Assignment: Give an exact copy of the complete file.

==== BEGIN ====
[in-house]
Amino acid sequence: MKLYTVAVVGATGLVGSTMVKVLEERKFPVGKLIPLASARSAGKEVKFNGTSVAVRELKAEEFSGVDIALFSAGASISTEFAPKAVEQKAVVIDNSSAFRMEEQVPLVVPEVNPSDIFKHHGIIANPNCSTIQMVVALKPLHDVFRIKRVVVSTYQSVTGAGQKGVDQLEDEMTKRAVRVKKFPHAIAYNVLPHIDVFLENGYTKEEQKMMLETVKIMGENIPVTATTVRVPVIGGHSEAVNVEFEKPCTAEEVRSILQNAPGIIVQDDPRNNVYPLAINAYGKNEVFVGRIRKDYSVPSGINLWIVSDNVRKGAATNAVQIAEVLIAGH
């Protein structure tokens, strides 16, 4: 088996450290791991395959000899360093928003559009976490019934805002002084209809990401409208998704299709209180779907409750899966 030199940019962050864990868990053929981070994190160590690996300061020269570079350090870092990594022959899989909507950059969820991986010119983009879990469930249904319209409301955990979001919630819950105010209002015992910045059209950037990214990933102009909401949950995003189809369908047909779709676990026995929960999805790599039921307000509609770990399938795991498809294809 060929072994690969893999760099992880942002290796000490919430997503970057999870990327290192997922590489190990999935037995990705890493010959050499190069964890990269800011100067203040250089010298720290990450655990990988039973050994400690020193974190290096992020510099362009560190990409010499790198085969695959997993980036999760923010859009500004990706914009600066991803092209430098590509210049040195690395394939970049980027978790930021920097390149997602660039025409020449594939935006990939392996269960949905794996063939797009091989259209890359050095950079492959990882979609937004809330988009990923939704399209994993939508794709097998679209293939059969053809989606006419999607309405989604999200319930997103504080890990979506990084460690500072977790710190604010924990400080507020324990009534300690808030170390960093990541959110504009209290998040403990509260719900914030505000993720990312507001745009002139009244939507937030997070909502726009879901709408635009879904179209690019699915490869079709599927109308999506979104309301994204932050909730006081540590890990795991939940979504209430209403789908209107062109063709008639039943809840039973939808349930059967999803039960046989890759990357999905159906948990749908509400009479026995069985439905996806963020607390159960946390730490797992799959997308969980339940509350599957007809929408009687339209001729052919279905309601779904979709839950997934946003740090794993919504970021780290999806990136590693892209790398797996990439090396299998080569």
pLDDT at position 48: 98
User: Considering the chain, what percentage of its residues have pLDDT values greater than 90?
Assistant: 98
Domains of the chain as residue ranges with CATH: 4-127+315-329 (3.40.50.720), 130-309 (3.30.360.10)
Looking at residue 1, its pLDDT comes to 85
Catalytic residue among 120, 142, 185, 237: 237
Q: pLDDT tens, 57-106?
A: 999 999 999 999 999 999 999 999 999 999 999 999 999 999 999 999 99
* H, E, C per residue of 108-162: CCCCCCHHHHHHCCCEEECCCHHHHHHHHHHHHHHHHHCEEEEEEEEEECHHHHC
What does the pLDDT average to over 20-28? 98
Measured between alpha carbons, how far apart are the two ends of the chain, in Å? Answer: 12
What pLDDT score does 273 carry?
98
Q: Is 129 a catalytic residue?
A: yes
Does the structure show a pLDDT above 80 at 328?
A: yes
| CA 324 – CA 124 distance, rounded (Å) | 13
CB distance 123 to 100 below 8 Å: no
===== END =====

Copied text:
[in-house]
Amino acid sequence: MKLYTVAVVGATGLVGSTMVKVLEERKFPVGKLIPLASARSAGKEVKFNGTSVAVRELKAEEFSGVDIALFSAGASISTEFAPKAVEQKAVVIDNSSAFRMEEQVPLVVPEVNPSDIFKHHGIIANPNCSTIQMVVALKPLHDVFRIKRVVVSTYQSVTGAGQKGVDQLEDEMTKRAVRVKKFPHAIAYNVLPHIDVFLENGYTKEEQKMMLETVKIMGENIPVTATTVRVPVIGGHSEAVNVEFEKPCTAEEVRSILQNAPGIIVQDDPRNNVYPLAINAYGKNEVFVGRIRKDYSVPSGINLWIVSDNVRKGAATNAVQIAEVLIAGH
């Protein structure tokens, strides 16, 4: 088996450290791991395959000899360093928003559009976490019934805002002084209809990401409208998704299709209180779907409750899966 030199940019962050864990868990053929981070994190160590690996300061020269570079350090870092990594022959899989909507950059969820991986010119983009879990469930249904319209409301955990979001919630819950105010209002015992910045059209950037990214990933102009909401949950995003189809369908047909779709676990026995929960999805790599039921307000509609770990399938795991498809294809 060929072994690969893999760099992880942002290796000490919430997503970057999870990327290192997922590489190990999935037995990705890493010959050499190069964890990269800011100067203040250089010298720290990450655990990988039973050994400690020193974190290096992020510099362009560190990409010499790198085969695959997993980036999760923010859009500004990706914009600066991803092209430098590509210049040195690395394939970049980027978790930021920097390149997602660039025409020449594939935006990939392996269960949905794996063939797009091989259209890359050095950079492959990882979609937004809330988009990923939704399209994993939508794709097998679209293939059969053809989606006419999607309405989604999200319930997103504080890990979506990084460690500072977790710190604010924990400080507020324990009534300690808030170390960093990541959110504009209290998040403990509260719900914030505000993720990312507001745009002139009244939507937030997070909502726009879901709408635009879904179209690019699915490869079709599927109308999506979104309301994204932050909730006081540590890990795991939940979504209430209403789908209107062109063709008639039943809840039973939808349930059967999803039960046989890759990357999905159906948990749908509400009479026995069985439905996806963020607390159960946390730490797992799959997308969980339940509350599957007809929408009687339209001729052919279905309601779904979709839950997934946003740090794993919504970021780290999806990136590693892209790398797996990439090396299998080569």
pLDDT at position 48: 98
User: Considering the chain, what percentage of its residues have pLDDT values greater than 90?
Assistant: 98
Domains of the chain as residue ranges with CATH: 4-127+315-329 (3.40.50.720), 130-309 (3.30.360.10)
Looking at residue 1, its pLDDT comes to 85
Catalytic residue among 120, 142, 185, 237: 237
Q: pLDDT tens, 57-106?
A: 999 999 999 999 999 999 999 999 999 999 999 999 999 999 999 999 99
* H, E, C per residue of 108-162: CCCCCCHHHHHHCCCEEECCCHHHHHHHHHHHHHHHHHCEEEEEEEEEECHHHHC
What does the pLDDT average to over 20-28? 98
Measured between alpha carbons, how far apart are the two ends of the chain, in Å? Answer: 12
What pLDDT score does 273 carry?
98
Q: Is 129 a catalytic residue?
A: yes
Does the structure show a pLDDT above 80 at 328?
A: yes
| CA 324 – CA 124 distance, rounded (Å) | 13
CB distance 123 to 100 below 8 Å: no